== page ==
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Embracing Faith Through Mindfulness: Why Catholics Should Focus More On Spiritual Wellness

By Katie Beckmann, Communications Manager

This week’s “Embracing Faith” article will focus on Embracing Faith through Mindfulness.

Embracing Faith Through Ministry

Wellness is a word that we often hear.

Whether it is through advertisements, social media posts, health professionals, or peers, we are consistently told that we need to focus on our physical, mental, and emotional wellness.

While we are frequently occupied focusing on what we eat, how we exercise, how much money we make, as well as other responsibilities at home and work, many people tend to neglect one of the most critical types of wellness, spiritual.

Beverly Beuermann-King, CSP, of Work Smart Live Smart focuses on Spiritual Wellness in her teachings and views it as, “the search for meaning and purpose in human existence, leading one to strive for a state of harmony with oneself and others, while working to balance inner needs with the rest of the world.” (1)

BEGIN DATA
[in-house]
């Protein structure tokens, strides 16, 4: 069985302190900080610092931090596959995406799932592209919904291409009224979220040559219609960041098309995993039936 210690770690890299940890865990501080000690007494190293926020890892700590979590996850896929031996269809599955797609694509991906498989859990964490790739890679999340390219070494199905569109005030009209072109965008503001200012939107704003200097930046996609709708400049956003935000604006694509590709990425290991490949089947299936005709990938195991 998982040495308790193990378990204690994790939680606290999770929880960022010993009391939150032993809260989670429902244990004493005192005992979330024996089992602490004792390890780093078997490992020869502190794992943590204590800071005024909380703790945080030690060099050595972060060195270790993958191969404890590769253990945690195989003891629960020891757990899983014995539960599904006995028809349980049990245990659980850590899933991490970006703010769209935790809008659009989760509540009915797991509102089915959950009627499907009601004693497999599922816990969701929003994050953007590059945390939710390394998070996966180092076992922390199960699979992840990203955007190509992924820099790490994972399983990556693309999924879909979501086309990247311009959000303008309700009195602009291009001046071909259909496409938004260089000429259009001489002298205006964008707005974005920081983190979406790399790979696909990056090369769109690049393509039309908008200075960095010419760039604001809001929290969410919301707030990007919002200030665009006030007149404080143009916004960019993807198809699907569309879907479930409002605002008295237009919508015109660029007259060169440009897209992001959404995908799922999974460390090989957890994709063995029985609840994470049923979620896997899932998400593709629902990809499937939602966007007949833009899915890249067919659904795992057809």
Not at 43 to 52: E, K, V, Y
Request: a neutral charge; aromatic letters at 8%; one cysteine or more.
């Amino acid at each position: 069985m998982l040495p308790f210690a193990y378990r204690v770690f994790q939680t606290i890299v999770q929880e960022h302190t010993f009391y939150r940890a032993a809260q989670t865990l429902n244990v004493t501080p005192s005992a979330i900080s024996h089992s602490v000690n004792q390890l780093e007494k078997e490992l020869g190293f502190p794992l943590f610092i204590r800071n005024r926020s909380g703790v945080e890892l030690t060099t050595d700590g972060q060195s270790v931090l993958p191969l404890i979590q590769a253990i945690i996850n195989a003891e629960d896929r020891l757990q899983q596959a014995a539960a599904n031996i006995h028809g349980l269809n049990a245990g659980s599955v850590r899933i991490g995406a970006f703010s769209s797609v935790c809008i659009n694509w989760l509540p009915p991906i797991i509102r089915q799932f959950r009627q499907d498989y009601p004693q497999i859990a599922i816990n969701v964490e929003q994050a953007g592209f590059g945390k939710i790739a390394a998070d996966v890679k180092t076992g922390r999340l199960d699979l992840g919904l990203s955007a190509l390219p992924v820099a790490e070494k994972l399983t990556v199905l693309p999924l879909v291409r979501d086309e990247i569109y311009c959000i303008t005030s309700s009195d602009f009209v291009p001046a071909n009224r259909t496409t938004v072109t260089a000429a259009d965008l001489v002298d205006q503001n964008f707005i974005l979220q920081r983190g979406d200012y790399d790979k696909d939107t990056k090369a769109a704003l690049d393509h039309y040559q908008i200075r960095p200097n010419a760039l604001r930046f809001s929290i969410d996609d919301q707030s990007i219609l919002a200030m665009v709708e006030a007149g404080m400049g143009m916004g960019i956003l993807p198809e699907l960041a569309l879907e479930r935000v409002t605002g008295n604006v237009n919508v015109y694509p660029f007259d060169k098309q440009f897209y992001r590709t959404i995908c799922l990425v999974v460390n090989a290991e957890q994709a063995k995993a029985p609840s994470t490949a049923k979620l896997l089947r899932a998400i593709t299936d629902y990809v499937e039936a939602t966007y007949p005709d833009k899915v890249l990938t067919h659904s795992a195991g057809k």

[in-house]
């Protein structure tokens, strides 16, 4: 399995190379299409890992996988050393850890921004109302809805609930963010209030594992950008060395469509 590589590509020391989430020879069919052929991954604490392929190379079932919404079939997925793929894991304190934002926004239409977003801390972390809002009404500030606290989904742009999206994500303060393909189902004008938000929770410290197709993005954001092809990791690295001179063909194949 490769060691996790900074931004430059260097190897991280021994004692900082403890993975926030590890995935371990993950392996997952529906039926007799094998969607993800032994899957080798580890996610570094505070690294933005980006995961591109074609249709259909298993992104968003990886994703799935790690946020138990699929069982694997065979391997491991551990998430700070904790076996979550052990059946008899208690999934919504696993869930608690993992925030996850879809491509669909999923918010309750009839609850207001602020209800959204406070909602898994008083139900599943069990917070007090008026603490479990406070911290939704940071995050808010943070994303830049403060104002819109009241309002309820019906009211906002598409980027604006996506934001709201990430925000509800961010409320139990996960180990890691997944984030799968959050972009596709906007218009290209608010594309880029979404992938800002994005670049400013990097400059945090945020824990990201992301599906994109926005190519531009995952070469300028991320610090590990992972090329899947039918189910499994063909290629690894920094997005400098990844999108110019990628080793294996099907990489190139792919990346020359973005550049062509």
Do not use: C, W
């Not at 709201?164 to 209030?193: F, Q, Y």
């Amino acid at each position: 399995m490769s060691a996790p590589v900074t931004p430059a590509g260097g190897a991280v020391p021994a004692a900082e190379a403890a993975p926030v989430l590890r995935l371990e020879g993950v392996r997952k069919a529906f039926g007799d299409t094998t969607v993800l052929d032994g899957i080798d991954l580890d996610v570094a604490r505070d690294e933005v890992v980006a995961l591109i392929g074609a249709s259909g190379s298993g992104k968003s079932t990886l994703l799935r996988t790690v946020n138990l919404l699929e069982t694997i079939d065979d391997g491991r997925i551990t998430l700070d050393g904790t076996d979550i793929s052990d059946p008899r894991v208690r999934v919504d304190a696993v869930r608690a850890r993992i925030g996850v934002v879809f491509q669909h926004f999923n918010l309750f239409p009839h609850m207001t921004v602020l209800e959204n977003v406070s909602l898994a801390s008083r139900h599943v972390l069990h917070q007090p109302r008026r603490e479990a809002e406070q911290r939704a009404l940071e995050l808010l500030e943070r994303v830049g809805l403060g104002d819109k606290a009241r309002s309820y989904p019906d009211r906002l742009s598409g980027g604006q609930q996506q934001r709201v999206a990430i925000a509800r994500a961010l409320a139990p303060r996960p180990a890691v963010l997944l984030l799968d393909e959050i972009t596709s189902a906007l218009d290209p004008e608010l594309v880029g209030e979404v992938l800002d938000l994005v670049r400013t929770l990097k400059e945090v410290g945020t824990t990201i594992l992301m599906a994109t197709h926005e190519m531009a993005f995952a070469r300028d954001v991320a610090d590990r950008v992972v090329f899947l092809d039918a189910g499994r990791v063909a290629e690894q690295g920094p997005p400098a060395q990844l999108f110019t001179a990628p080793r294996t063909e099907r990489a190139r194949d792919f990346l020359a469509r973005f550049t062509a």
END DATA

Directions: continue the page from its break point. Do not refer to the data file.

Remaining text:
Spiritual Wellness is heavily emphasized during March as it is known as Spiritual Wellness Month.

Ways that one can focus on their Spiritual Wellness daily are making time for prayer, relaxation, and meditation.

Catholics should especially focus more on Spiritual Wellness as we often are faced with negative internal and external factors that affect our relationship with God and others.

One way that you can do that is with a spiritual wellness program.

A CatholicExchange article gave an example of a program that one could easily start during Lent. (2)

1. Instead of vitamins, we follow a daily regimen of prayer and Scripture reading to give us the energy we need to stay focused on the Lord.

2. Instead of physical exercise, the program includes the exercise of our wills to let in all that is good and reject all that is bad. To further strengthen and purify our wills, we do a daily examination of conscience – reviewing our day and repenting of any sins we may have committed.

3. Instead of a healthy diet, we make sure we have a steady diet of the Sacraments, including receiving the body and blood of Christ in the Eucharist to keep us filled with Jesus’ life and experiencing the reconciling power of Jesus’ forgiveness in Confession.

4. Instead of regular physical checkups, we stay connected to sisters and brothers in Christ in the church through small parish-based groups, where we can support one another and pray for one another. (2)

For the remainder of March and Lent, focus on changing your daily habits to make time for prayer, relaxation, and meditation. Even making small changes to your daily routine can positively affect your spiritual wellness, faith, and relationship with God.


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